SHARE
COPY LINK

PORN

Porn scandal shakes Swedish airport agency

Sweden’s airport authority is reeling after an investigation into computer network problems revealed that several employees were surfing pornographic websites while on the job.

Seven workers from the LFV Group have been fired, while another worker has quit after being reported to police for suspected violations of Sweden’s anti-child pornography laws.

“This is an awful story and I’m both shocked and disappointed,” said LFV Group head Lars Rekke to the TT news agency.

The porn site surfing was uncovered following an LFV investigation into why the agency’s computer network seemed to be so slow.

As a part of the probe, LFV performed a more detailed analysis of internet traffic on the agency’s computers and found a large amount of traffic directed toward pornographic websites, including at least one site featuring child pornography.

According to Rekke, the employees’ porn surfing habits don’t appear to be a part of any organized activity.

“They worked in different facilities throughout the country, from Luleå in the north and southwards. We’re talking about various islands of activity,” he said.

According to LFV’s investigation, the employees had spent sizeable portions of their workdays visiting various pornographic websites.

“It was between 25 and 75 percent of the workday,” said LFV spokesperson Lars Röhne to the Aftonbladet newspaper.

He said it’s not possible to discern whether the LFV employees were actively surfing the entire time or if they were downloading material while completing other, work-related tasks.

According to Ronnie Eklund, a professor at Stockholm University and expert on employment law, visiting pornographic websites at work doesn’t necessarily lead to an employee’s termination.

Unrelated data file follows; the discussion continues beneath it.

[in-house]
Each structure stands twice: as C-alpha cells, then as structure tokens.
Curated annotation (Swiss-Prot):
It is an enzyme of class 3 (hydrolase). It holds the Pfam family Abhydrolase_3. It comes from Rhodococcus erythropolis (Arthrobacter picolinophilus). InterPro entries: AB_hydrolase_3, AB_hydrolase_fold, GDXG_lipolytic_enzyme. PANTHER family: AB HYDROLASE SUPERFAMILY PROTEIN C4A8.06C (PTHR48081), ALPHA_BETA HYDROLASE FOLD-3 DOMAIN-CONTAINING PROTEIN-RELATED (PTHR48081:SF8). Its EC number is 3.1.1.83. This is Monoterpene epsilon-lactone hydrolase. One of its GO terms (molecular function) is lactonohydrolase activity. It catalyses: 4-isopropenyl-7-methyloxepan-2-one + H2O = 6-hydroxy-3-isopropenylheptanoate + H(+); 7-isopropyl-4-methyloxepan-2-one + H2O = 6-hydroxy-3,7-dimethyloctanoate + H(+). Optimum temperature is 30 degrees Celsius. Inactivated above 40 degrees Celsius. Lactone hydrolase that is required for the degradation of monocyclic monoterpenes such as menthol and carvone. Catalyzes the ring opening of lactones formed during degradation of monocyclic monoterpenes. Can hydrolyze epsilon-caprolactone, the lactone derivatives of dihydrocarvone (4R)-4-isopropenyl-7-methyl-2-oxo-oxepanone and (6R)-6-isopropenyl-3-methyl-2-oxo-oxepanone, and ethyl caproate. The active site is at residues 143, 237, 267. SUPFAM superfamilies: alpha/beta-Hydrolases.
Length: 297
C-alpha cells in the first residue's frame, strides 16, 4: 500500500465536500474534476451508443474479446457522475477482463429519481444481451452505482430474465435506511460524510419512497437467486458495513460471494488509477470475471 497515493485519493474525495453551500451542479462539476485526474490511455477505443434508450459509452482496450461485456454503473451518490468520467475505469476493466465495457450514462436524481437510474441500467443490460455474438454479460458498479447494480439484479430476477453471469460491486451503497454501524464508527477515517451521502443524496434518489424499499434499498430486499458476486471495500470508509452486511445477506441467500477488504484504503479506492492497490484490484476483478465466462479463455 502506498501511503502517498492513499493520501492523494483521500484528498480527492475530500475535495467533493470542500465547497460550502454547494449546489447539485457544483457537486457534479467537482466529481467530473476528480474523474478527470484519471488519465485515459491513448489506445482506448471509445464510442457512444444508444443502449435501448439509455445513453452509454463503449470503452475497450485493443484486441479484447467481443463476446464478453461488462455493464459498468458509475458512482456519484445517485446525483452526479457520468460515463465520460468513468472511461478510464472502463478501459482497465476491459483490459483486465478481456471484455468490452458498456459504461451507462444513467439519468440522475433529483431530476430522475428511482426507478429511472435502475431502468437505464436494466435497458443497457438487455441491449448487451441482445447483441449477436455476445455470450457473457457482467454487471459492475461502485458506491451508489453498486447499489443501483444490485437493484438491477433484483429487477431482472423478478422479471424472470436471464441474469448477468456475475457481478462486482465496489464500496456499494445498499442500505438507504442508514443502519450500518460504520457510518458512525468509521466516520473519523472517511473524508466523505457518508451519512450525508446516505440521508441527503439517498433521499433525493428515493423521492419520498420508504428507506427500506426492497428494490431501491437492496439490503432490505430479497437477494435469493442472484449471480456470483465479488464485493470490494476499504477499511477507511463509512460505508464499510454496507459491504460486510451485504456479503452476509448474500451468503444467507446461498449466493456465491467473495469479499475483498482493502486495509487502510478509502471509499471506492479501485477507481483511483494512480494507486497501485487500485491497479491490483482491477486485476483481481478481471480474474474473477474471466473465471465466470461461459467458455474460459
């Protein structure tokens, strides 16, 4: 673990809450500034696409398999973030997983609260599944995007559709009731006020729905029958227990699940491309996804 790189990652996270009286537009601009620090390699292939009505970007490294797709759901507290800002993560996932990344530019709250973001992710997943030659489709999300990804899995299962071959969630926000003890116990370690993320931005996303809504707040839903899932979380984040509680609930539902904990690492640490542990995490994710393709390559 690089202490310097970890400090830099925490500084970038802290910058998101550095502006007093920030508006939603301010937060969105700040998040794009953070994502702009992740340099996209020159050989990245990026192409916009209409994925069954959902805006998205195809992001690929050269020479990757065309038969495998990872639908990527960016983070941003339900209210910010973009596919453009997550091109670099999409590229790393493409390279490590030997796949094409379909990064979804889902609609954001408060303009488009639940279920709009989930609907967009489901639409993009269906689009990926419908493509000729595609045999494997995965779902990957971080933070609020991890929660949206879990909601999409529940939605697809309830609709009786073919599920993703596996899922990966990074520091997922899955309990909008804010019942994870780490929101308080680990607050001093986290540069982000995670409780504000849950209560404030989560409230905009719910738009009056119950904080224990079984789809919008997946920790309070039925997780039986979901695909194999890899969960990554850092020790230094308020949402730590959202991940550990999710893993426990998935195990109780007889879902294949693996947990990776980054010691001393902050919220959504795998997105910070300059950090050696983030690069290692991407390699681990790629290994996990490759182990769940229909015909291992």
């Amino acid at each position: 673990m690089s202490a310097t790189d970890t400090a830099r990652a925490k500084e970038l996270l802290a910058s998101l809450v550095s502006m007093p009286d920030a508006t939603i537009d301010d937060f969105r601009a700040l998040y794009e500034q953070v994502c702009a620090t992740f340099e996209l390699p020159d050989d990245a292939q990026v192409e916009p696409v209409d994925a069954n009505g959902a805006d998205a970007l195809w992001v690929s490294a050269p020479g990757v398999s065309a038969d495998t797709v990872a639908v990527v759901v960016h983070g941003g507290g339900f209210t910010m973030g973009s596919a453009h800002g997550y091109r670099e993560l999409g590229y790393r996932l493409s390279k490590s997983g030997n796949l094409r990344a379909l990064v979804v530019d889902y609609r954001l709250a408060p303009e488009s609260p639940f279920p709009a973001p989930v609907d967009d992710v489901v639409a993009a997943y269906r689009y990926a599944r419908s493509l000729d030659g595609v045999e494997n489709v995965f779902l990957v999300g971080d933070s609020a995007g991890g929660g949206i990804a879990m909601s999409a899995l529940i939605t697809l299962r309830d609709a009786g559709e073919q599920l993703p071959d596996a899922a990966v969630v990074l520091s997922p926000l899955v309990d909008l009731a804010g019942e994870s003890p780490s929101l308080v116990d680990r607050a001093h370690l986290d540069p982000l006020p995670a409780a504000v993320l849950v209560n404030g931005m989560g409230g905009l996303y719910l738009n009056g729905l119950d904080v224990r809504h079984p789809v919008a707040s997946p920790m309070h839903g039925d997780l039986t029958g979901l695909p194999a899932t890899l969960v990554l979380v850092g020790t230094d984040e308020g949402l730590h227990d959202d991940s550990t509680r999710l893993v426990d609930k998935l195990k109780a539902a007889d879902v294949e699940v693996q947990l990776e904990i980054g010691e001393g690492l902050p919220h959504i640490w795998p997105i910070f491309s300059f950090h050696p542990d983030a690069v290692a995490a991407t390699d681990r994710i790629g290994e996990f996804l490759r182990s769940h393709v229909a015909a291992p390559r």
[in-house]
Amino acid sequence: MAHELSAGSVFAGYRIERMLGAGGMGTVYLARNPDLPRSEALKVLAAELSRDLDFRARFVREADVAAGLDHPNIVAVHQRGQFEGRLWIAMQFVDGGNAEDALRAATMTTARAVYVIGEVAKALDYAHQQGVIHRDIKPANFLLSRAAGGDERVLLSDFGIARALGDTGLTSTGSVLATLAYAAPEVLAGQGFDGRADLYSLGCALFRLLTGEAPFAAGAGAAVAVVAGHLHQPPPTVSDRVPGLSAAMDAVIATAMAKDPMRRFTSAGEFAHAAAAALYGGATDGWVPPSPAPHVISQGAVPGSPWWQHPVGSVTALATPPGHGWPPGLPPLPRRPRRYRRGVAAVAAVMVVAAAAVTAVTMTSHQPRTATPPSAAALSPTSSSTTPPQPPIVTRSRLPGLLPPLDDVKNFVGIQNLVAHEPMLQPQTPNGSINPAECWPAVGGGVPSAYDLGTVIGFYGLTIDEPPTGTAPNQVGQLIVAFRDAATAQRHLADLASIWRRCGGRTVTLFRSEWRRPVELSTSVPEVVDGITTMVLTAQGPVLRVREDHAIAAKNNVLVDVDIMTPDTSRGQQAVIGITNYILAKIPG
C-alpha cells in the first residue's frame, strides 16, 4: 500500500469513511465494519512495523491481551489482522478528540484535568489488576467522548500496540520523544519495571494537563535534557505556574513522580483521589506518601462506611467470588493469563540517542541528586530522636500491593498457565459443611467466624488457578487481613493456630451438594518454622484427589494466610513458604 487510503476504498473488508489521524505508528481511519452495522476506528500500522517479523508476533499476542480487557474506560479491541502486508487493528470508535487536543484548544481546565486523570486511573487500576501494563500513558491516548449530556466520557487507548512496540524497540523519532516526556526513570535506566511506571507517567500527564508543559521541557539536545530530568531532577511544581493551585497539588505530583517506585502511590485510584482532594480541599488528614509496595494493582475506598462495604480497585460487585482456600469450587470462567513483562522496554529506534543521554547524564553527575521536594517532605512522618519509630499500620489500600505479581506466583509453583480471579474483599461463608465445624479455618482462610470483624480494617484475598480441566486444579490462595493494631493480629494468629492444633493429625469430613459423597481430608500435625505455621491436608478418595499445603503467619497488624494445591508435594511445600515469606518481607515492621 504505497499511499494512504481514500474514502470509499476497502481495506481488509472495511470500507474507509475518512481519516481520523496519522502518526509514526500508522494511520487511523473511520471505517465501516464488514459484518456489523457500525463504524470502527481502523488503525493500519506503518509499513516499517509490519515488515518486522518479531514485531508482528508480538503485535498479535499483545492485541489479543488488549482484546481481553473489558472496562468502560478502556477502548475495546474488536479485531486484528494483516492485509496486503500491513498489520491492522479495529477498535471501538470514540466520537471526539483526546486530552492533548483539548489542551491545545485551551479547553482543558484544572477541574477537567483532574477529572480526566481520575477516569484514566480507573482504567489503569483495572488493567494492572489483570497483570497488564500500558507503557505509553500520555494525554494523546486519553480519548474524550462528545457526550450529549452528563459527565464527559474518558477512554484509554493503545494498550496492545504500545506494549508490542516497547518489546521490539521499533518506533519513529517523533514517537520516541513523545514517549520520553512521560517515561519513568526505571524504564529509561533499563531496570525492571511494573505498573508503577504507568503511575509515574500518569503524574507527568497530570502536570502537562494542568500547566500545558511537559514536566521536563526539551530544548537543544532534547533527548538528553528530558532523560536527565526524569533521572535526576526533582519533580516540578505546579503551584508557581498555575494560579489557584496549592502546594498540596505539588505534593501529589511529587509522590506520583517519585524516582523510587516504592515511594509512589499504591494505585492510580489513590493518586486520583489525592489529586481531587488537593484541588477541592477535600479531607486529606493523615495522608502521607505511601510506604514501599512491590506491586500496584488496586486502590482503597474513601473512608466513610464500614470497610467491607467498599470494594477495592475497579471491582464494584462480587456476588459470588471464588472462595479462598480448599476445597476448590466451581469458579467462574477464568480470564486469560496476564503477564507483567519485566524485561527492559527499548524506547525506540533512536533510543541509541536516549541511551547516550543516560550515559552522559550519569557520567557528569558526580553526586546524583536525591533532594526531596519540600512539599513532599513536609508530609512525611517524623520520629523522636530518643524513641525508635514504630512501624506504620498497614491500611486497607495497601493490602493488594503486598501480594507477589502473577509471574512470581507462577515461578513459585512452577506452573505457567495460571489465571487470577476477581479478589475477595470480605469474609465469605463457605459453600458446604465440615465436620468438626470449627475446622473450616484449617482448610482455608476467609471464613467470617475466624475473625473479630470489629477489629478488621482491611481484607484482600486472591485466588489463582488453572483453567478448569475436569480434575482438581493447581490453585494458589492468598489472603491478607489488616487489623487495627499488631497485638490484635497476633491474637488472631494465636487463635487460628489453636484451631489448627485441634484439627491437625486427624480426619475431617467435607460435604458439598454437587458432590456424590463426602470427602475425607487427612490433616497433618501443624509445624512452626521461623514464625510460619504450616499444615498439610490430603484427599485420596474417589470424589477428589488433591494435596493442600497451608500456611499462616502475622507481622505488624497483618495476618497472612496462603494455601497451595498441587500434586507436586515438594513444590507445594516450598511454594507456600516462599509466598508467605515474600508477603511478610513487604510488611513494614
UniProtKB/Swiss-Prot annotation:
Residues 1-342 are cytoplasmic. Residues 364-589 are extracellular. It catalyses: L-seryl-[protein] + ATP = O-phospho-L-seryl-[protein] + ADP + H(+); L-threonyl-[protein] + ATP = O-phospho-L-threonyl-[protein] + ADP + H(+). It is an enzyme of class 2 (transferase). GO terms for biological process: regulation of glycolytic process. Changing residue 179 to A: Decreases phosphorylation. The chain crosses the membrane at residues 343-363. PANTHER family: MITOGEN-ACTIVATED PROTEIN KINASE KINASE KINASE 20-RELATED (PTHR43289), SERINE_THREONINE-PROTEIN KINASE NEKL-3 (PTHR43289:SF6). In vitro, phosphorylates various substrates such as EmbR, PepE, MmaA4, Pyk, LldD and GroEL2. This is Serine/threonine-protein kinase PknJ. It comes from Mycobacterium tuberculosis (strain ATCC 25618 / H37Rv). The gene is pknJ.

“There aren’t any rules spelled out in law governing this; rather, it depends on the guidelines established at any given workplace,” he told TT.

But the rules at LFV leave little room for misinterpretation, according to Röhne.

“Everyone has signed a paper stating what rules apply to LFV’s computers,” he said.

According to the document, employees are allowed to conduct personal business on office computers – like paying bills – if the job allows it.

But it’s totally forbidden to visit websites which could be considered ethically or morally offensive.

Rekke characterized LFV’s internet policy as strict, yet generous, but the porn surfing scandal has him considering revisions to the current rules.

“It’s too bad that innocent people are going to be affected if we decide we need to toughen the rules,” he told Aftonbladet.

“I can’t guarantee that we’ve seen the entire scope of this mess. We’re likely going to do more spot checks in the future.”

Member comments

Log in here to leave a comment.
Become a Member to leave a comment.

HACKING

Suspected hackers show porn on Swedish station billboard

Commuters in a southeast Swedish city were briefly roused from their wintry routines by a public display of pornography at a bus stop outside the central rail station, officials said on Friday.

Suspected hackers show porn on Swedish station billboard
The screens at Kalmar station began suddenly showing porn images. Photo: Wikimedia Commons
For about 15 minutes on Thursday afternoon, during maintenance of an interactive display in the city of Kalmar, the usual adverts and videos were replaced by explicit images from a pornography website.
   
“We got information from a bus driver that someone had put pornographic imagery on one of our displays,” Karl-Johan Bodell, traffic director at Kalmar's regional public transport company KLT, told AFP.
   
The screen at Kalmar's central station in Sweden's southeast was quickly switched off — and will remain off until the cause is uncovered.
   
Local media reported that hackers were to blame and Bodell conceded that hacking was “the first thing that comes to mind”, but stressed that the cause had not yet been confirmed. 
   
KLT said the company supplying the display was conducting an investigation into what had caused the switch and how they might prevent future incidents.
SHOW COMMENTS